2020 Texas Great Read Selection Butterfly Yellow Available Statewide as a Free e-Book

The Texas State Library and Archives Commission (TSLAC) and the Texas Center for the Book are thrilled to announce that any resident of Texas will be able to read the 2020 Texas Great Read, Thanhhà Lại’s award-winning young adult novel Butterfly Yellow, free online through E-Read Texas, from Nov. 16 – Jan. 16. 

TSLAC is partnering with Biblioboard to make this and thousands of other e-books available to Texas residents. The Biblioboard website is geofenced so that any user located in Texas can access it, no login or password required. And there are no simultaneous user restrictions, so that means there are no holds or waitlists. A special web page has been set up for Butterfly Yellow and can be accessed via the Texas Great Read web page by clicking on the “Read the Book” link.

In addition to the full text of the Butterfly Yellow e-book, readers and teachers across Texas will be able to access multimedia support materials, including interviews with the author, teaching guides, and other resources from Teaching Books/Book Connections. Libraries looking to promote the availability of the e-book to their patrons can visit the Texas Great Read webpage to download promotional graphics and blurbs to help in marketing.

Public libraries that participate in E-Read Texas can also access the Butterfly Yellow e-book through their SimplyE app, along with thousands of other e-books. E-Read Texas is a recently launched statewide e-book program made available to eligible public libraries in Texas. The collection currently includes more than 6,000 high-quality e-books from top publishers. While many of the e-books in the collection have limits on the number of simultaneous users, more than half the e-books are available for simultaneous use with no wait lists or holds. To learn more about E-Read Texas, please visit the E-Read Texas webpage, or contact Karen McElfresh.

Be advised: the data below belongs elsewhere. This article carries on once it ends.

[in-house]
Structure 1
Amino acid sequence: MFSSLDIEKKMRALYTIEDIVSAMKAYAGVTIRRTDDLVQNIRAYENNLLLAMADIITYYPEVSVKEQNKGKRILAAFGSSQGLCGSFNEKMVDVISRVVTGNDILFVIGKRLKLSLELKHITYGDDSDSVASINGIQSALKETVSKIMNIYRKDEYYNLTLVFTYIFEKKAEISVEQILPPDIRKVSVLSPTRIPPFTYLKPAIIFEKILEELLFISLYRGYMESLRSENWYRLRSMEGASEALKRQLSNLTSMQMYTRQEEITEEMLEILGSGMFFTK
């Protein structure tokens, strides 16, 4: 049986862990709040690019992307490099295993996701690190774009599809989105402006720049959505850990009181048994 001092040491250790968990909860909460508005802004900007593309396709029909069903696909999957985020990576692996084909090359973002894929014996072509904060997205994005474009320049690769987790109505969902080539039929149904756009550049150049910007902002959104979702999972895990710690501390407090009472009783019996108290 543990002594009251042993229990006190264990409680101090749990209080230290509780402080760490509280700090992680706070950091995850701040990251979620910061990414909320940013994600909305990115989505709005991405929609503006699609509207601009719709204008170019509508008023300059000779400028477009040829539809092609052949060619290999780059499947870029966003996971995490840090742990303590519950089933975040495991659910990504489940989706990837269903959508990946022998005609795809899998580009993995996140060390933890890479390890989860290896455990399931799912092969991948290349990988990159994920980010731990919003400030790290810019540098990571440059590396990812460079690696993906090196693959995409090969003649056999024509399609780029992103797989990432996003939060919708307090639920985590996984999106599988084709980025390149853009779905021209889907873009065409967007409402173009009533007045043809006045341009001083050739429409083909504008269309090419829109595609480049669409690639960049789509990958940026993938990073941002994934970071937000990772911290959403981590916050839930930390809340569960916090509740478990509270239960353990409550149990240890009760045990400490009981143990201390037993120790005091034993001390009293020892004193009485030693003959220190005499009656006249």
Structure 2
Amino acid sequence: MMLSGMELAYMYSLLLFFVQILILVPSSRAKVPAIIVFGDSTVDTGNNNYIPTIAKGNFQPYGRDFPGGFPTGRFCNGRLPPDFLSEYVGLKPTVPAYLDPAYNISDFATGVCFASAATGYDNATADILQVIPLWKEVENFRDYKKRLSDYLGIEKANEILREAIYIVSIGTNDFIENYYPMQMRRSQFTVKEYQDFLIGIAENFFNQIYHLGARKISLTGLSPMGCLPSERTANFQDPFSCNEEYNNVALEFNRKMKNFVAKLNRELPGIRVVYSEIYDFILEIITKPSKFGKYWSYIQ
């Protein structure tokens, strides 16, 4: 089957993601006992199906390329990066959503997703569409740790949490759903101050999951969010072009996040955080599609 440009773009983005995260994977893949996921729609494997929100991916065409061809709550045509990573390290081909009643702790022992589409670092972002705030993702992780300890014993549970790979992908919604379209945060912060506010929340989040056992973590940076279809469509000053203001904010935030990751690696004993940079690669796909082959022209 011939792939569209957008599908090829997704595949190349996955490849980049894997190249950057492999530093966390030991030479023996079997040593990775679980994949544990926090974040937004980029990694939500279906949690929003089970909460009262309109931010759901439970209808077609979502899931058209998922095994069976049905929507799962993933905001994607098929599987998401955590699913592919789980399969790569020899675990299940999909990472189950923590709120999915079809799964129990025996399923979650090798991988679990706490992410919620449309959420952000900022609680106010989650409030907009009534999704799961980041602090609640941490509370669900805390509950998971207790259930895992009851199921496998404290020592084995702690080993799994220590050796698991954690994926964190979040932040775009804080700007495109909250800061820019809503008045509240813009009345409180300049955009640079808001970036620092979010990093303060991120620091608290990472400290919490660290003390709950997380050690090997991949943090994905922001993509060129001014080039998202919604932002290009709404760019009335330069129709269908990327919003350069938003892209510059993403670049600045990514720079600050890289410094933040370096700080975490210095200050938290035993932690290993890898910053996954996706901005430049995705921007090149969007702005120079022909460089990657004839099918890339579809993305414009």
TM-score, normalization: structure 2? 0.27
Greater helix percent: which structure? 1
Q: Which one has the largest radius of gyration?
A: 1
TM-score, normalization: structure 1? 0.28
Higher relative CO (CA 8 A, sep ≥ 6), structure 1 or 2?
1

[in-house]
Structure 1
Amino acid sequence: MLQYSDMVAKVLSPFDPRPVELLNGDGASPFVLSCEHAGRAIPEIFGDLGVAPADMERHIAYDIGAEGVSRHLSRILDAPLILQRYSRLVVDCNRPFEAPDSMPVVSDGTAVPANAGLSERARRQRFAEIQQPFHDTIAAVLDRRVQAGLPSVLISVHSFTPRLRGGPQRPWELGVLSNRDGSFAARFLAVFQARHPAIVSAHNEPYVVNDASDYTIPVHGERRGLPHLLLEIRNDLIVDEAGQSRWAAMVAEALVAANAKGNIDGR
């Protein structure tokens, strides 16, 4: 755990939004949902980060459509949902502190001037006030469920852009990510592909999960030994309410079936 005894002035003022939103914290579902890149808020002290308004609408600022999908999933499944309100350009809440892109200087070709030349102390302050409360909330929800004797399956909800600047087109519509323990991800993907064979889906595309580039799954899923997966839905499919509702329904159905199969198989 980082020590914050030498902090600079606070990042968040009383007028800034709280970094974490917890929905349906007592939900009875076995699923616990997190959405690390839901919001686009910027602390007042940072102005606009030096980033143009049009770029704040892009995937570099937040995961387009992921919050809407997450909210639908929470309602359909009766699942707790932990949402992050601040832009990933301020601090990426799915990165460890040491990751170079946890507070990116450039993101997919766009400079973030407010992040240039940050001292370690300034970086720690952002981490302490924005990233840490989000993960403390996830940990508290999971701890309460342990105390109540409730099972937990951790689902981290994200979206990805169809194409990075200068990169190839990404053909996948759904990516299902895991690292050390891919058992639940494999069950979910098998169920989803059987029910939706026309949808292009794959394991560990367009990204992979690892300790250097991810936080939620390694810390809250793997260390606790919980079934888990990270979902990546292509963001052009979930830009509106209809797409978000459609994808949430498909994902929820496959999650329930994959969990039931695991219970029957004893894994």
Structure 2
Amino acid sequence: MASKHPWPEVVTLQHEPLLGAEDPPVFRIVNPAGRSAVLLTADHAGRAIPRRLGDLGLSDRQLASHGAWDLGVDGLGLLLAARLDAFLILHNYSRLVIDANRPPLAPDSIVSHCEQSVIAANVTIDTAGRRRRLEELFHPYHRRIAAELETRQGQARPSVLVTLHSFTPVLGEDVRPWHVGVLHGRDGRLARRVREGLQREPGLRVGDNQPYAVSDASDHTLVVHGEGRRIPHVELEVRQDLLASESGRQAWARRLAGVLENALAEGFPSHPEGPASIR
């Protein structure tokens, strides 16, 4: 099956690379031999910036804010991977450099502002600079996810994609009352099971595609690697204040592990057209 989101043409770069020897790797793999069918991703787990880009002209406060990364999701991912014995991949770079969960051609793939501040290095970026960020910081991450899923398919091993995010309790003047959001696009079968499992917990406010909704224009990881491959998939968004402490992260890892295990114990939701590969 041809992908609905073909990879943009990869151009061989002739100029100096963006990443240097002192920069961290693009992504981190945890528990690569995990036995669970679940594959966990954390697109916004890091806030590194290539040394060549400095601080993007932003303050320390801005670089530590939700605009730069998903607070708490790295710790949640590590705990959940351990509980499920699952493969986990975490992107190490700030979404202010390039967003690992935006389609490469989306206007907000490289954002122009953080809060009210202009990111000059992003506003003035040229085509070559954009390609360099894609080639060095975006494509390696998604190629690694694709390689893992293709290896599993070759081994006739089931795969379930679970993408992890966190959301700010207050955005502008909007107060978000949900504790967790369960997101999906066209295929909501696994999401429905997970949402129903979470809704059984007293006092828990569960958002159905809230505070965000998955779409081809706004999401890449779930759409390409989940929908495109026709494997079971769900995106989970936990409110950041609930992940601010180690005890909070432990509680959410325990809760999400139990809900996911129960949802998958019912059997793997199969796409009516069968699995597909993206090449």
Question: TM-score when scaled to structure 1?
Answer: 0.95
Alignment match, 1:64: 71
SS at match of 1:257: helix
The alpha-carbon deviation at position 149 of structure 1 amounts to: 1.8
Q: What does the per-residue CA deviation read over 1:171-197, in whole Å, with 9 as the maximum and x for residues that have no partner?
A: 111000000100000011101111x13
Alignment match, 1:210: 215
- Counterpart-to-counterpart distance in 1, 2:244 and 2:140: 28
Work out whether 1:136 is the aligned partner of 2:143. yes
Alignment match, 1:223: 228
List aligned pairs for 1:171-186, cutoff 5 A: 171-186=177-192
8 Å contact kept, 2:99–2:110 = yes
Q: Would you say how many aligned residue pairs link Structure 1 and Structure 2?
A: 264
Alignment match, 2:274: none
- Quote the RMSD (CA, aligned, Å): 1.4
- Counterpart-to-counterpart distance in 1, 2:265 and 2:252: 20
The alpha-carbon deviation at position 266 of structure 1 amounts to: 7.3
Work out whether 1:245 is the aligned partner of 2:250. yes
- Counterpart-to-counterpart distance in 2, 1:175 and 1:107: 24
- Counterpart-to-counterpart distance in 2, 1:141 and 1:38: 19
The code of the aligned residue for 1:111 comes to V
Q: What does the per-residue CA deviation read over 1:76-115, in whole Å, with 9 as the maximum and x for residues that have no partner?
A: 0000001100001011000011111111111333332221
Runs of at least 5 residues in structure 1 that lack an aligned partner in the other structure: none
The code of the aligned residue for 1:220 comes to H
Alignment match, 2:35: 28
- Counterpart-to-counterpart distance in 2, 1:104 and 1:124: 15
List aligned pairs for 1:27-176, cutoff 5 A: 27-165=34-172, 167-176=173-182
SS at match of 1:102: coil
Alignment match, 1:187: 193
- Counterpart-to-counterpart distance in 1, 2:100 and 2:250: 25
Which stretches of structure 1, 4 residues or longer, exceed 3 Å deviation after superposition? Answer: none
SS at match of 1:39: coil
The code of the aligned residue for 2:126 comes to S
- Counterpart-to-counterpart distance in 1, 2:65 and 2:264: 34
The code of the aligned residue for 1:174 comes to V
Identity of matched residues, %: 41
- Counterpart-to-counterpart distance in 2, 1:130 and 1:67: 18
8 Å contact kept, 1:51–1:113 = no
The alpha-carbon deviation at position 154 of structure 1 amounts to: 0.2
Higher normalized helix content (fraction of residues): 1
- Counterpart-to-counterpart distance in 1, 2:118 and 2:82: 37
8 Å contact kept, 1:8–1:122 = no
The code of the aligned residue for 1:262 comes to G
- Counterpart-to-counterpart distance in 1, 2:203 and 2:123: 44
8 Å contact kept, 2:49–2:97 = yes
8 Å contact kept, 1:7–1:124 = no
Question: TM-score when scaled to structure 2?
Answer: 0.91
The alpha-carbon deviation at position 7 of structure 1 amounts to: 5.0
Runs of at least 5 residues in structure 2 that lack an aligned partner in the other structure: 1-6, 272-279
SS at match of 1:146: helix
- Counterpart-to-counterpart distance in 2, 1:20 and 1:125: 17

A linkable graphic that has the text "Texas Great Read" and shows the book cover and the logos of the partnering organizations.

About the Book

In the final days of the Việt Nam War, Hằng takes her little brother, Linh, to the airport, determined to find a way to safety in America. In a split second, Linh is ripped from her arms—and Hằng is left behind in the war-torn country.

Six years later, Hằng has made the brutal journey from Việt Nam and is now in Texas as a refugee. She doesn’t know how she will find the little brother who was taken from her until she meets LeeRoy, a city boy with big rodeo dreams, who decides to help her.

Hằng is overjoyed when she reunites with Linh. But when she realizes he doesn’t remember her, their family, or Việt Nam, her heart is crushed. Though the distance between them feels greater than ever, Hằng has come so far that she will do anything to bridge the gap.

About the Author

Thanhhà Lại is also the #1 New York Times bestselling author of Inside Out & Back Again, her debut novel in verse, winner of the National Book Award and a Newbery Honor, and Listen, Slowly, honored with inclusion on numerous “book of the year” lists. Lại was born in Viêt Nam and lives in New York with her family. Lại is also the founder of Viet Kids Inc., a non-profit that changes the lives of Vietnamese students through the purchase of bicycles, tuition, uniforms, and rice. For information about Lại and her work, visit www.thanhhalai.com.